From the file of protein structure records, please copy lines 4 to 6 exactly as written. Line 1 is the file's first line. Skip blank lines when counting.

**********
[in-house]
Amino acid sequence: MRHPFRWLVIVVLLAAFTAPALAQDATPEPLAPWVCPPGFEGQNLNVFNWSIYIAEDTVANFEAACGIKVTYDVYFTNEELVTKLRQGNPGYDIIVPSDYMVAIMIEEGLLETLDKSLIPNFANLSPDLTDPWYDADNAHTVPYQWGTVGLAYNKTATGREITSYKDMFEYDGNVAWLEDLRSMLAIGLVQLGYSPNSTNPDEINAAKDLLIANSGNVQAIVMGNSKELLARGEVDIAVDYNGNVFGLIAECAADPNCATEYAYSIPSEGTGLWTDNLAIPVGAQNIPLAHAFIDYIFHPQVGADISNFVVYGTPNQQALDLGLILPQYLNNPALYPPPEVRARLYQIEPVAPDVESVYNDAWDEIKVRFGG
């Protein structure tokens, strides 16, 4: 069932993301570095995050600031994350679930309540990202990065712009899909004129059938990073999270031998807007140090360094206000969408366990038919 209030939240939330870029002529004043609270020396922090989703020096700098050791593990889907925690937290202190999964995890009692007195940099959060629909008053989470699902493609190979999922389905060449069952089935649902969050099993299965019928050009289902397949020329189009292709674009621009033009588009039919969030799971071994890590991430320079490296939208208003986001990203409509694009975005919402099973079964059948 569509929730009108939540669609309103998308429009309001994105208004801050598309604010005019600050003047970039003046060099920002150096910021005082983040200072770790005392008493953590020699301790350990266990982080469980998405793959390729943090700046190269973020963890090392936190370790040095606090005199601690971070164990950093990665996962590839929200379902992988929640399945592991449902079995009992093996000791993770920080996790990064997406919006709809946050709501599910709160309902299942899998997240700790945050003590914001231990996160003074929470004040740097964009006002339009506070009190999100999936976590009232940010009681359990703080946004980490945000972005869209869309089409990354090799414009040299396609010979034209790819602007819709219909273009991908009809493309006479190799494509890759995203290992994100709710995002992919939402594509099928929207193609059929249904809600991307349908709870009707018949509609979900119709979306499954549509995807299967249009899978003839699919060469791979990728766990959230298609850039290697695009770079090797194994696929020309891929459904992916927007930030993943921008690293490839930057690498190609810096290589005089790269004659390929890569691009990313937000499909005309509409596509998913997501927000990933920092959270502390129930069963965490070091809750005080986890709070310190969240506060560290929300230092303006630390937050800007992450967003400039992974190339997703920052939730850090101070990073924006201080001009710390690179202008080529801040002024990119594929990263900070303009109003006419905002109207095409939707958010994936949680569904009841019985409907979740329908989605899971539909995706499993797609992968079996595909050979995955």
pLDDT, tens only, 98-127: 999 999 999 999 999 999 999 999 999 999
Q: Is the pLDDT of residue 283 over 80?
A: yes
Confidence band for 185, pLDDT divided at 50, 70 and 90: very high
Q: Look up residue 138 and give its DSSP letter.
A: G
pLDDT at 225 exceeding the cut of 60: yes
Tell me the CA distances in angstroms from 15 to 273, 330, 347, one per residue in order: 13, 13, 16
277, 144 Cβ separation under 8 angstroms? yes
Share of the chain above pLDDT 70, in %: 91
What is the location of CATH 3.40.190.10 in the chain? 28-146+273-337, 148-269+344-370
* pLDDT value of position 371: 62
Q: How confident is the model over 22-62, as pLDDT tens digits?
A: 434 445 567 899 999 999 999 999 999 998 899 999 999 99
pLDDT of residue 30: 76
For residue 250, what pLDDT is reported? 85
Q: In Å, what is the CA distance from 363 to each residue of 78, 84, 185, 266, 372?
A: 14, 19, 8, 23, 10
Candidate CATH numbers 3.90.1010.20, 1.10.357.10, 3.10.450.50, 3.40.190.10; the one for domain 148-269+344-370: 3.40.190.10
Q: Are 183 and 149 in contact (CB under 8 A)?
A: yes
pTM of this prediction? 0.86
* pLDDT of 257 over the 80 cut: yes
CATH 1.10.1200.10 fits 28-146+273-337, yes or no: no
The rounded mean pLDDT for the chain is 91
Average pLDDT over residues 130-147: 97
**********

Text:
pLDDT, tens only, 98-127: 999 999 999 999 999 999 999 999 999 999
Q: Is the pLDDT of residue 283 over 80?
A: yes